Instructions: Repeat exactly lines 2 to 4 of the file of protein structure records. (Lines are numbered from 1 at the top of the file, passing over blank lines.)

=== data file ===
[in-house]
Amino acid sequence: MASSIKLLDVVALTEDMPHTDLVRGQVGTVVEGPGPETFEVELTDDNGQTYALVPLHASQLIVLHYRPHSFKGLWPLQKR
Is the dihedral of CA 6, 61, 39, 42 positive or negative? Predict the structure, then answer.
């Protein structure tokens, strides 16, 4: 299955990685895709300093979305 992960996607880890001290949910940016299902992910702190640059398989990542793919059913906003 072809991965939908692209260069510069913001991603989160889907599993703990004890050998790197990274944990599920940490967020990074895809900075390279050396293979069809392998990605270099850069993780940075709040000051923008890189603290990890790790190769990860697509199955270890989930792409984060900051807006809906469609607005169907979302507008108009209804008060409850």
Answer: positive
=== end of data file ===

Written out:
Amino acid sequence: MASSIKLLDVVALTEDMPHTDLVRGQVGTVVEGPGPETFEVELTDDNGQTYALVPLHASQLIVLHYRPHSFKGLWPLQKR
Is the dihedral of CA 6, 61, 39, 42 positive or negative? Predict the structure, then answer.
């Protein structure tokens, strides 16, 4: 299955990685895709300093979305 992960996607880890001290949910940016299902992910702190640059398989990542793919059913906003 072809991965939908692209260069510069913001991603989160889907599993703990004890050998790197990274944990599920940490967020990074895809900075390279050396293979069809392998990605270099850069993780940075709040000051923008890189603290990890790790190769990860697509199955270890989930792409984060900051807006809906469609607005169907979302507008108009209804008060409850």